In Yeolha, my first challenge was to make explicit and active what is innately Korean. The village in the play takes after a traditional Korean village that operates on a hierarchy based on patriarchy and gerontocracy. What is unique in terms of language among people who have become so familiar with each other is that they often use insinuating and provocative remarks in place of straightforward statements. For example, to a prodigal son who returned home after a long absence, a Korean mother would reservedly say, “You‟re back already? Are you sure you had enough fun out there?” instead of bursting into tears and showing her joy at the reunion. In the play, the villagers by now have absorbed this kind of language pattern, which reflects the intimacy among them. The language among the villagers also reflects the hierarchy. For example, a village senior could throw a denigrating comment to a village woman or boy without being considered the least bit insulting. Showing respect for elders is, after all, deep in the Korean cultural genes, and elders, if not receiving the proper respect, actively demand it. While the play clearly provides the appropriate context for the tone of each word, it was my venture, when it came to the underlying Korean sentiments, to find the right expressions to convey the subtle nuance.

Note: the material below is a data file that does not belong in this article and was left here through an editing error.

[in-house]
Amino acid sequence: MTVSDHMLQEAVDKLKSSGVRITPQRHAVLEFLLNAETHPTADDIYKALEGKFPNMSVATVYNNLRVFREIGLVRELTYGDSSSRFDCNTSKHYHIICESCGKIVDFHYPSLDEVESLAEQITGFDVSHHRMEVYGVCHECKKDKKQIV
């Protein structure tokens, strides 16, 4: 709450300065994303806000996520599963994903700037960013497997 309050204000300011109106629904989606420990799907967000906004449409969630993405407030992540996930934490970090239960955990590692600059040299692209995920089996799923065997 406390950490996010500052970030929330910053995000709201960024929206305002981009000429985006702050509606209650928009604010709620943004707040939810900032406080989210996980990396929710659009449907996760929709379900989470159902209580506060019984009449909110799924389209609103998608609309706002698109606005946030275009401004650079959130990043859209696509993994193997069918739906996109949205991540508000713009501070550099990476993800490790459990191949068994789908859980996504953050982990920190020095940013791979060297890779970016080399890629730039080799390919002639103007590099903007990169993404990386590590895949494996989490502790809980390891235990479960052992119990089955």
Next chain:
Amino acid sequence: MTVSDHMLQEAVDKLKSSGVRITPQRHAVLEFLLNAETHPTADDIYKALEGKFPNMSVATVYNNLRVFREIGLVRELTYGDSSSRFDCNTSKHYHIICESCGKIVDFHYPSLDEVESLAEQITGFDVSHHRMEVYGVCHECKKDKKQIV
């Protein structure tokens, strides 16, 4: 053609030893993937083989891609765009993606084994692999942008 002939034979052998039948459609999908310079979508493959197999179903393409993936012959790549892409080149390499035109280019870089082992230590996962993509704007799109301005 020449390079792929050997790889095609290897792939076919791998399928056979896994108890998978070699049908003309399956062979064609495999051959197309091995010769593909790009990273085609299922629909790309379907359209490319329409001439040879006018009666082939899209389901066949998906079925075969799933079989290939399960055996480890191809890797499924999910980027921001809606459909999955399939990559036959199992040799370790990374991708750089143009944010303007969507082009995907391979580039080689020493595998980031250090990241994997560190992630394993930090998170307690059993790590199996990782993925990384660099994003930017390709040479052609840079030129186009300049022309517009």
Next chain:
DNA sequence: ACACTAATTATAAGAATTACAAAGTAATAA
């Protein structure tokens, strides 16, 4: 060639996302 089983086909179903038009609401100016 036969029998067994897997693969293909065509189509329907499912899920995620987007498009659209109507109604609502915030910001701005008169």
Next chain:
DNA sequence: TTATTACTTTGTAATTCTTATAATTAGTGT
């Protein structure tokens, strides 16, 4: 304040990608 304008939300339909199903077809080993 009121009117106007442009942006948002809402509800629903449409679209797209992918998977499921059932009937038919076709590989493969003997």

More broadly, delivering the right tone was of utmost importance for the allegory and satire in this play. The idea which prevails in the story – tradition being threatened by innovation – establishes this play as an allegory about the danger of complacency, while the chaos the villagers go through in the struggle brings out comic and satiric elements. Conflict occurs more often between groups or between individual and group than between individuals, so each character needed not only to breathe as an individual, but also to be characterized as a type, that is, as a member of a certain group. For example, the men, in general, give straightforward addresses, while the women speak more in a scrupulous manner. The seniors, to show their authority, use formal and commanding vocabulary, while the boys talk in fragments and colloquial idioms. The main characters are given their own particular ways of speaking: Yeon- Ahm, the narrator, speaks articulately and objectively, just like the Stage Manager in OUR TOWN; and the Inspector, to emphasize that he belongs to a completely different world, uses bombastic phrases and terms.
After completing the premiere of the adaptation of Inching Towards Yeolha, I am still seeking to make the original translation more compact and active for the stage. It is my hope that this play can generate more curiosity about Korean theatre and initiate more opportunities for contemporary Korean plays to be introduced.
This article was originally published in Hamilton Dramaturgy’s ScriptForward! (September, 2011, Vol. 6, No. 25). Reposted with permission
This post was written by the author in their personal capacity.The opinions expressed in this article are the author’s own and do not reflect the view of The Theatre Times, their staff or collaborators.
This post was written by Walter Byongsok Chon.